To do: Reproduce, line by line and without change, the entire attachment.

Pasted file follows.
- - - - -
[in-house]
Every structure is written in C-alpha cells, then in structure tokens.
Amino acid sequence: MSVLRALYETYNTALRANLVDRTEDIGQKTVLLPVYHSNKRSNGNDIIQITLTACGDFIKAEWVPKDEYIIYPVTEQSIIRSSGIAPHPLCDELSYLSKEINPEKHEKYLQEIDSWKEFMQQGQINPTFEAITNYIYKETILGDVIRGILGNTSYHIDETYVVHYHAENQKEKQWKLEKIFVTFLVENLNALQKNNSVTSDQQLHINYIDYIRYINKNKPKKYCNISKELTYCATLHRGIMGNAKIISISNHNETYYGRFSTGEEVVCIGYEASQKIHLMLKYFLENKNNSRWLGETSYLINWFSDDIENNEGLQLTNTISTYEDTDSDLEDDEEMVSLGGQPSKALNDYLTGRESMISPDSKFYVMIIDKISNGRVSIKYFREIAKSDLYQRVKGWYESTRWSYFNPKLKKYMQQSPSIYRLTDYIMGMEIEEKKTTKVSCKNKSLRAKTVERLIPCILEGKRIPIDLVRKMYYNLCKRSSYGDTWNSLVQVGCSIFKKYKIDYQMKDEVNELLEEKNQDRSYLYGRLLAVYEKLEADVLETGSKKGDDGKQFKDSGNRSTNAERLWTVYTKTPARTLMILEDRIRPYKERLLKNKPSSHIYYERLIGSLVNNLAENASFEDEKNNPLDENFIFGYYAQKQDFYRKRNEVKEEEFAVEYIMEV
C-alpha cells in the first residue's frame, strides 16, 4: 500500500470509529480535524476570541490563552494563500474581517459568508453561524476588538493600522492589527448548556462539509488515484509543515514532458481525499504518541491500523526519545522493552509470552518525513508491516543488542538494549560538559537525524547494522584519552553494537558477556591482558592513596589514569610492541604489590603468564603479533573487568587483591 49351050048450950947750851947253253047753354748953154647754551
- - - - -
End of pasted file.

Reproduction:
[in-house]
Every structure is written in C-alpha cells, then in structure tokens.
Amino acid sequence: MSVLRALYETYNTALRANLVDRTEDIGQKTVLLPVYHSNKRSNGNDIIQITLTACGDFIKAEWVPKDEYIIYPVTEQSIIRSSGIAPHPLCDELSYLSKEINPEKHEKYLQEIDSWKEFMQQGQINPTFEAITNYIYKETILGDVIRGILGNTSYHIDETYVVHYHAENQKEKQWKLEKIFVTFLVENLNALQKNNSVTSDQQLHINYIDYIRYINKNKPKKYCNISKELTYCATLHRGIMGNAKIISISNHNETYYGRFSTGEEVVCIGYEASQKIHLMLKYFLENKNNSRWLGETSYLINWFSDDIENNEGLQLTNTISTYEDTDSDLEDDEEMVSLGGQPSKALNDYLTGRESMISPDSKFYVMIIDKISNGRVSIKYFREIAKSDLYQRVKGWYESTRWSYFNPKLKKYMQQSPSIYRLTDYIMGMEIEEKKTTKVSCKNKSLRAKTVERLIPCILEGKRIPIDLVRKMYYNLCKRSSYGDTWNSLVQVGCSIFKKYKIDYQMKDEVNELLEEKNQDRSYLYGRLLAVYEKLEADVLETGSKKGDDGKQFKDSGNRSTNAERLWTVYTKTPARTLMILEDRIRPYKERLLKNKPSSHIYYERLIGSLVNNLAENASFEDEKNNPLDENFIFGYYAQKQDFYRKRNEVKEEEFAVEYIMEV
C-alpha cells in the first residue's frame, strides 16, 4: 500500500470509529480535524476570541490563552494563500474581517459568508453561524476588538493600522492589527448548556462539509488515484509543515514532458481525499504518541491500523526519545522493552509470552518525513508491516543488542538494549560538559537525524547494522584519552553494537558477556591482558592513596589514569610492541604489590603468564603479533573487568587483591 49351050048450950947750851947253253047753354748953154647754551